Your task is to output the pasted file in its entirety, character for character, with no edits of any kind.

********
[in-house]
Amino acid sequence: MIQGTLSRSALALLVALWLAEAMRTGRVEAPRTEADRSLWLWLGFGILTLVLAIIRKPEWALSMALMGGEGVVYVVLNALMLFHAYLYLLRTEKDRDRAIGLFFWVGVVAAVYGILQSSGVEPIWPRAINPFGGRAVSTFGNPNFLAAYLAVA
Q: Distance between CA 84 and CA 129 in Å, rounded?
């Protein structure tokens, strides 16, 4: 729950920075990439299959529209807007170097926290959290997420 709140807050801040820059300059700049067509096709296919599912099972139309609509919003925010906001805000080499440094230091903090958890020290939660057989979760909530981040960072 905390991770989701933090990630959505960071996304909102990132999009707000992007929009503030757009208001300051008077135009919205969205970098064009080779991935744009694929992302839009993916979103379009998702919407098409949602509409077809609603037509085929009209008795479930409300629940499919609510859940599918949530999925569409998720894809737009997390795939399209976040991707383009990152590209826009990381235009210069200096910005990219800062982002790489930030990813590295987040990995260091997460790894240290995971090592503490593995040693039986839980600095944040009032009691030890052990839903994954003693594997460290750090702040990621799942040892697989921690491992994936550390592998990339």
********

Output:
[in-house]
Amino acid sequence: MIQGTLSRSALALLVALWLAEAMRTGRVEAPRTEADRSLWLWLGFGILTLVLAIIRKPEWALSMALMGGEGVVYVVLNALMLFHAYLYLLRTEKDRDRAIGLFFWVGVVAAVYGILQSSGVEPIWPRAINPFGGRAVSTFGNPNFLAAYLAVA
Q: Distance between CA 84 and CA 129 in Å, rounded?
């Protein structure tokens, strides 16, 4: 729950920075990439299959529209807007170097926290959290997420 709140807050801040820059300059700049067509096709296919599912099972139309609509919003925010906001805000080499440094230091903090958890020290939660057989979760909530981040960072 905390991770989701933090990630959505960071996304909102990132999009707000992007929009503030757009208001300051008077135009919205969205970098064009080779991935744009694929992302839009993916979103379009998702919407098409949602509409077809609603037509085929009209008795479930409300629940499919609510859940599918949530999925569409998720894809737009997390795939399209976040991707383009990152590209826009990381235009210069200096910005990219800062982002790489930030990813590295987040990995260091997460790894240290995971090592503490593995040693039986839980600095944040009032009691030890052990839903994954003693594997460290750090702040990621799942040892697989921690491992994936550390592998990339």